The miseries cheer up

Some of the most bearish big-name investors are beginning to brighten up, says Merryn Somerset Webb - and with good cause. There's reason to be optimistic.

I listened to Socit Gnrale's strategists Albert Edwards, Dylan Grice and Andrew Lapthorne outline their views on 2013 this week. They often appear here, so regular readers will have a rough idea of what they said.

Albert said the Chinese credit bubble is "as obvious a catastrophe as the US in 2007". He expressed horror at the extent of capital outflows from China. The huge amount of money fleeing what is supposed to be the world's most successful economy, he says, represents both capital flight (Chinese nationals taking their money somewhere safe) and the fact that China "just isn't competitive any more". Then, for good measure, he forecast an emerging-markets balance-of-payments crisis.

Dylan had a go at the yen ("it's toast"). Then he explained how in devaluing money we devalue trust (it undermines the integrity of all our transactions). He expects huge social unrest as inflation cracks global social cohesion just as it did in the Roman Empire in the third century, Britain in the 17th, France in the 18th and Russia, Germany and Zimbabwe in the 20th century. Finally, he dismissed any idea that quantitative easing (QE) will ever end. Our largely unfunded welfare states mean "ongoing QE is inevitable". There is no other way to pay.

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All predictably depressing (albeit very clever). But just before he sat down (thanks to a pre-seminar pub lunch, none of the speakers went on for too long), Albert said something so surprising I went so far as to live-tweet it (see how modern we are at MoneyWeek!). He is "the most bullish" he has been on equities for 15 years. Now, he has been very bearish for 15 years, so the shift isn't in itself an invitation to dive in willy nilly. But it is certainly interesting. So what's brought on this attack of optimism?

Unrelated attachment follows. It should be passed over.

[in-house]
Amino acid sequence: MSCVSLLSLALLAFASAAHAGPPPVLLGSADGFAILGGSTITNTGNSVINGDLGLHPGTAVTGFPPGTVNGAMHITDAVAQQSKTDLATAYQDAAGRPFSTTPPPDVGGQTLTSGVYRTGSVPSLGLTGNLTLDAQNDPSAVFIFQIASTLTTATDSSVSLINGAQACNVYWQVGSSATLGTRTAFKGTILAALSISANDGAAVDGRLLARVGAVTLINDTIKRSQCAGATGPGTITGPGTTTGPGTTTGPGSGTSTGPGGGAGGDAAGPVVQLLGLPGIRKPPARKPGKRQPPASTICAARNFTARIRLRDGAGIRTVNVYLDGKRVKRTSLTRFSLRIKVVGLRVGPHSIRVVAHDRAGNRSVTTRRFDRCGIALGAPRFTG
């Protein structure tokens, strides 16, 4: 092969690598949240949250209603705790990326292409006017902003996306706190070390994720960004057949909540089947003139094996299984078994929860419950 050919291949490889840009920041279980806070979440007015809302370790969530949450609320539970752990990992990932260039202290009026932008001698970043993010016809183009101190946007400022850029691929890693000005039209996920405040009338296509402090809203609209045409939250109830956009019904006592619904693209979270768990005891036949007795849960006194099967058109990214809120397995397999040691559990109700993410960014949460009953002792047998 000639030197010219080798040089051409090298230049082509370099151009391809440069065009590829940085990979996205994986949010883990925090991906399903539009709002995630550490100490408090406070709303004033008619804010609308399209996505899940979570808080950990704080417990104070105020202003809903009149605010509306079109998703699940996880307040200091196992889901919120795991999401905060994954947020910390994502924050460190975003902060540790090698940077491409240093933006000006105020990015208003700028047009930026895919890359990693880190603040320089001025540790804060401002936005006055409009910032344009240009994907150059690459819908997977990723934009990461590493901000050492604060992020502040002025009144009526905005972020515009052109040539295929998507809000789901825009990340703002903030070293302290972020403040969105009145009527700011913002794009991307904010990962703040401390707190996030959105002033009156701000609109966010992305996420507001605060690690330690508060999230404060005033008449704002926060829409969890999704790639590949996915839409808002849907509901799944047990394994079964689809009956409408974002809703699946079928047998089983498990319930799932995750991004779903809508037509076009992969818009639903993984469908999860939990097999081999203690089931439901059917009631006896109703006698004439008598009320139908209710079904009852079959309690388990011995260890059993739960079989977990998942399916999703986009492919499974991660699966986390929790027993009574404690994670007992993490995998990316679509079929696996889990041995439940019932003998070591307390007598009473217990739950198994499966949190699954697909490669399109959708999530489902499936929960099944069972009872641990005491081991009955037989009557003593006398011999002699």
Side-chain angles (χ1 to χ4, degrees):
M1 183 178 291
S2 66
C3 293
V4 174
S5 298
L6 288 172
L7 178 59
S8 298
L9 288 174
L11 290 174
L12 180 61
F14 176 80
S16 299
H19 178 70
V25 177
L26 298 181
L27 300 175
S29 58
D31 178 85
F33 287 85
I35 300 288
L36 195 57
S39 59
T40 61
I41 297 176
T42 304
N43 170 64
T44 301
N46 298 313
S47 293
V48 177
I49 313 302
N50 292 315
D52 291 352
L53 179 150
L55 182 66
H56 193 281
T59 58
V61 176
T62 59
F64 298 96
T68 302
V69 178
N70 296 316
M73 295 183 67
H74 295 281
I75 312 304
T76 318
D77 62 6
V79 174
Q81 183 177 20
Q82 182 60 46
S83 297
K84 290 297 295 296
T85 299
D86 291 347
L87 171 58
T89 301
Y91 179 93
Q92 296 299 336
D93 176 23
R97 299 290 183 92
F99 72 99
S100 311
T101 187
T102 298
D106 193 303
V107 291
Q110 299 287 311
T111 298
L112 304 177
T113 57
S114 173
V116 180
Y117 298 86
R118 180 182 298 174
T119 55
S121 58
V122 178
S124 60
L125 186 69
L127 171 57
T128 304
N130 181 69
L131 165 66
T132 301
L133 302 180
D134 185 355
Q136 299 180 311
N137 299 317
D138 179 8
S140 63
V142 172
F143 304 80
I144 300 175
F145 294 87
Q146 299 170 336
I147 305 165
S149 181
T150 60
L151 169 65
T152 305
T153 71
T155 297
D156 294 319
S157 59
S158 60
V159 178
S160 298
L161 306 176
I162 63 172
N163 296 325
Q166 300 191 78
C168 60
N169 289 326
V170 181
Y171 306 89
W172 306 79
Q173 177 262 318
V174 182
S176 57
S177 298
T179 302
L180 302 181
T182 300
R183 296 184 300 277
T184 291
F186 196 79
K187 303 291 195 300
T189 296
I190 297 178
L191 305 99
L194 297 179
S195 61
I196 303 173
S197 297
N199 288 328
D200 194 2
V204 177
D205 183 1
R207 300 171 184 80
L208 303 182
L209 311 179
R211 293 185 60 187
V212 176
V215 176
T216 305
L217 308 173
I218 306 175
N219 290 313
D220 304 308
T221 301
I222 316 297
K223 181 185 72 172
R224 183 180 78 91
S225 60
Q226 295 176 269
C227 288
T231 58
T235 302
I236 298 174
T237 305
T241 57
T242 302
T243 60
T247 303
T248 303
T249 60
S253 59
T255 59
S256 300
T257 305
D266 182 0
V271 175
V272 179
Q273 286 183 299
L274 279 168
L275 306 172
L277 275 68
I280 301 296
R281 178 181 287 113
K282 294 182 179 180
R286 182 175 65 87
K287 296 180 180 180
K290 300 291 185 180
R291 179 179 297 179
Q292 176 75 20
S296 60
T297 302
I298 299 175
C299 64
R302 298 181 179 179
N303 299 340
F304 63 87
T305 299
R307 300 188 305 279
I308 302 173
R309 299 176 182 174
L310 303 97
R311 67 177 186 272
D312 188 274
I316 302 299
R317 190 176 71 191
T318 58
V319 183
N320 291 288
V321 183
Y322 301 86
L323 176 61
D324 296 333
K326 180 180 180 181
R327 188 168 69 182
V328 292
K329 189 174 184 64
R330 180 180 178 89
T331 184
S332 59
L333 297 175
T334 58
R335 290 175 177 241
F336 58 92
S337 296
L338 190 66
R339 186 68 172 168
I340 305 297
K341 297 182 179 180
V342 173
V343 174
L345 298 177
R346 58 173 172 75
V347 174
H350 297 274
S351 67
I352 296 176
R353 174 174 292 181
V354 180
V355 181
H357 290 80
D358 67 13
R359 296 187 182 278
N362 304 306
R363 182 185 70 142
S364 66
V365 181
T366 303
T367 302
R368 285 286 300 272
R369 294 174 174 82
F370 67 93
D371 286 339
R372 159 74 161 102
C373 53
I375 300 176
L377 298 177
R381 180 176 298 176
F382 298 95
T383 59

Firstly, a lot of "adjustment work" has been done in recent years. Today, some markets (think Europe) really are cheap, and even in those that are not, "there is value all over". Secondly, there is the way in which institutions have chucked equities for bonds.

Numbers out late last year showed that UK pension funds now have more money in bonds than in equities. This, says even Albert, is "ridiculous". At some point it must shift back the other way, which argues strongly for putting money into stocks where you can see value. Where are they?

See Honest Abe's yen trade for Bill Bonner on Japan, New Year exuberance for some thoughts on Europe,Plant your money in a forest for our cover story on the value in the timber sector, andThree top British stocksfor an interesting personal view from James Henderson of the Henderson UK Equity Fund.

Finally, the Soc Gen miseries launched their own exchange-traded product last year, focusing on high-quality income stocks (SG Global Quality Income, or SGQI). We'll cover it in more detail in a future issue, but note that it holds the kind of stocks we like, it is cheap (0.45% a year) and retail investors can now buy it for the first time.

Merryn Somerset Webb

Merryn Somerset Webb started her career in Tokyo at public broadcaster NHK before becoming a Japanese equity broker at what was then Warburgs. She went on to work at SBC and UBS without moving from her desk in Kamiyacho (it was the age of mergers).

After five years in Japan she returned to work in the UK at Paribas. This soon became BNP Paribas. Again, no desk move was required. On leaving the City, Merryn helped The Week magazine with its City pages before becoming the launch editor of MoneyWeek in 2000 and taking on columns first in the Sunday Times and then in 2009 in the Financial Times

Twenty years on, MoneyWeek is the best-selling financial magazine in the UK. Merryn was its Editor in Chief until 2022. She is now a senior columnist at Bloomberg and host of the Merryn Talks Money podcast -  but still writes for Moneyweek monthly. 

Merryn is also is a non executive director of two investment trusts – BlackRock Throgmorton, and the Murray Income Investment Trust.